This post is the second in a series exploring the myths and misunderstandings about dividend investing. The goal of the series is to argue that many investors following a dividend-focused strategy may be better off with broad-based index funds.
Dividend Myth #2: Dividend investors are successful because they select excellent companies and buy them when they are attractively priced.
Every morning Larry takes a brisk walk with his beloved German shepherd and then enjoys a Dole banana and a cup of nonfat Yoplait. He eats organic lunches at The Angry Vegan, and three times a week he visits The House of Pain, where he lifts weights, swims or does a spinning class. Larry follows this routine for decades (he goes through a few German shepherds) and remains spry and active into old age. One day, Larry’s great-grandson asks him for the secret to keeping so healthy. “It’s all about making good choices,” the old man replies. “Start by choosing a breed of dog that is strong and long-lived. Then buy only recognized brand names for your breakfast foods. Finally, always patronize restaurants and fitness clubs that are well managed and highly profitable.”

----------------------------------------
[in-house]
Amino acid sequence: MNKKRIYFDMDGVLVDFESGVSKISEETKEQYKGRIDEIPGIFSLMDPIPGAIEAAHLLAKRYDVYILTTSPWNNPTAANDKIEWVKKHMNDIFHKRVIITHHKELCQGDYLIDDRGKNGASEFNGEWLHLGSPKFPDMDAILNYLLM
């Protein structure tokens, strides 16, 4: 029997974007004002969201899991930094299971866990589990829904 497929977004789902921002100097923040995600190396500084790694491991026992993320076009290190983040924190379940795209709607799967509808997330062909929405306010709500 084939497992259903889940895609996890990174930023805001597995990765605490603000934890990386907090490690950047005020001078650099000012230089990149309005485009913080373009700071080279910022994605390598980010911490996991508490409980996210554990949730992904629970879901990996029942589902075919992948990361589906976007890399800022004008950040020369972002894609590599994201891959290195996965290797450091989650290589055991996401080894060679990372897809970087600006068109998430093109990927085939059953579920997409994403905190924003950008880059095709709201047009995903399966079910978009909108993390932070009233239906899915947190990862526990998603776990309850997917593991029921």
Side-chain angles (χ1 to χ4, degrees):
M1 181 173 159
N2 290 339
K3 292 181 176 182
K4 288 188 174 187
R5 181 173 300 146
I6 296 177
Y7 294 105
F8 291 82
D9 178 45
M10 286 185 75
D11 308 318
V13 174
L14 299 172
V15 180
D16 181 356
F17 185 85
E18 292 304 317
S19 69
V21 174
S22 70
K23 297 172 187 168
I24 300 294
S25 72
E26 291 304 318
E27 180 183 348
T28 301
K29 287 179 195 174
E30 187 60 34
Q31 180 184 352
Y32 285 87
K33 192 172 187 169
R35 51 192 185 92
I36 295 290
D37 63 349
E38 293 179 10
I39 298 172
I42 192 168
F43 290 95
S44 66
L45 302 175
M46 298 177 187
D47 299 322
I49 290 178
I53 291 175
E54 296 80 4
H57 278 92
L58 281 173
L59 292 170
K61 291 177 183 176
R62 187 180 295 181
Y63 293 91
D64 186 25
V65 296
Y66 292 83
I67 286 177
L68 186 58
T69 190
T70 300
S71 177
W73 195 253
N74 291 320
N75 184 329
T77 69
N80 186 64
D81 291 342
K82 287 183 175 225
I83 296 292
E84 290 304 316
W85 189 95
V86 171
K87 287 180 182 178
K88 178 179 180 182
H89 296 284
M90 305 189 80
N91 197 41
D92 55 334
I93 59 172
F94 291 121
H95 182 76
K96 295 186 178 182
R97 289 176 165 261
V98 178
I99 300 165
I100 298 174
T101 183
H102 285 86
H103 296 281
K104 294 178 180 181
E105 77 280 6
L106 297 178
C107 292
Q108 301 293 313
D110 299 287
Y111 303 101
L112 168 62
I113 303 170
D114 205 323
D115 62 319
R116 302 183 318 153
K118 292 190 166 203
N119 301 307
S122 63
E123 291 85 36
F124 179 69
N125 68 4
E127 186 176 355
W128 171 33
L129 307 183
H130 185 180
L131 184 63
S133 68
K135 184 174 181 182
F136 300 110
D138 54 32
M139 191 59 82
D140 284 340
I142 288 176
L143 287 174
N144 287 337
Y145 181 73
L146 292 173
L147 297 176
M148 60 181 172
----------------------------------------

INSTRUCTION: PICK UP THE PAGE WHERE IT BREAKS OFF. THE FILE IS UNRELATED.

When I hear dividend investors talk about their success,